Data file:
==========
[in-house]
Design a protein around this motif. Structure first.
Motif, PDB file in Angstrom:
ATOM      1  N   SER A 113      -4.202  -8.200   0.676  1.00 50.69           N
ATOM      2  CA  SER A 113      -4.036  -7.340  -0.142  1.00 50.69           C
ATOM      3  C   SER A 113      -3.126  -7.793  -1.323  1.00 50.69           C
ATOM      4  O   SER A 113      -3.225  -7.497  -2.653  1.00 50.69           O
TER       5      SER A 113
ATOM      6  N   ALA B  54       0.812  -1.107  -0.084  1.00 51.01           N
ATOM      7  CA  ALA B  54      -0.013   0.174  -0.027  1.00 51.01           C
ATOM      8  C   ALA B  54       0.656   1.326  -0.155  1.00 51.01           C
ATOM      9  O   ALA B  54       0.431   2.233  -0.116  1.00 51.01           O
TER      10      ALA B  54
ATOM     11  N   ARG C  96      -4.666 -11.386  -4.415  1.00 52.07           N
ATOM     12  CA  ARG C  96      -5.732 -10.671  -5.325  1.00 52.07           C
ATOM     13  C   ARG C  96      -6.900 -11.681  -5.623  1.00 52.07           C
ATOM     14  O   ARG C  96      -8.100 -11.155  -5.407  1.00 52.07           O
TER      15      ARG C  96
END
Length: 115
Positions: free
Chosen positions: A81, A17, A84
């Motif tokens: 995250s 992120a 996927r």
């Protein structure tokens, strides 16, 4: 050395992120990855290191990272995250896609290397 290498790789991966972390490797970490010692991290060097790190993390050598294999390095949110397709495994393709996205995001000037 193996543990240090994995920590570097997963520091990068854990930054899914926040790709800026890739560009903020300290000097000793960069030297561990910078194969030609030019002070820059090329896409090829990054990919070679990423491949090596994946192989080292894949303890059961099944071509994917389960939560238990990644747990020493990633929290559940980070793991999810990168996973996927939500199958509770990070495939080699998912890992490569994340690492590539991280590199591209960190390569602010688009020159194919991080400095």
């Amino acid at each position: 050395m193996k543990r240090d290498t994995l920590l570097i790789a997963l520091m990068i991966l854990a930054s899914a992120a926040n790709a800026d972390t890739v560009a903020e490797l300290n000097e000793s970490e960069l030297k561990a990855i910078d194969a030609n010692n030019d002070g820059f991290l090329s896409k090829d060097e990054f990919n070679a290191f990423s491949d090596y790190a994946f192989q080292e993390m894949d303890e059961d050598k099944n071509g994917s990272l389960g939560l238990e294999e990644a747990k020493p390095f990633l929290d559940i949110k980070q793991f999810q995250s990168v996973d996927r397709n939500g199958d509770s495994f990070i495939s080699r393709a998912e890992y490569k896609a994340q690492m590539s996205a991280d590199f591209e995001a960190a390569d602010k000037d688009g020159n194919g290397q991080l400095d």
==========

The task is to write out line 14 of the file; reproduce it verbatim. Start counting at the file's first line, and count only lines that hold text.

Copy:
ATOM     11  N   ARG C  96      -4.666 -11.386  -4.415  1.00 52.07           N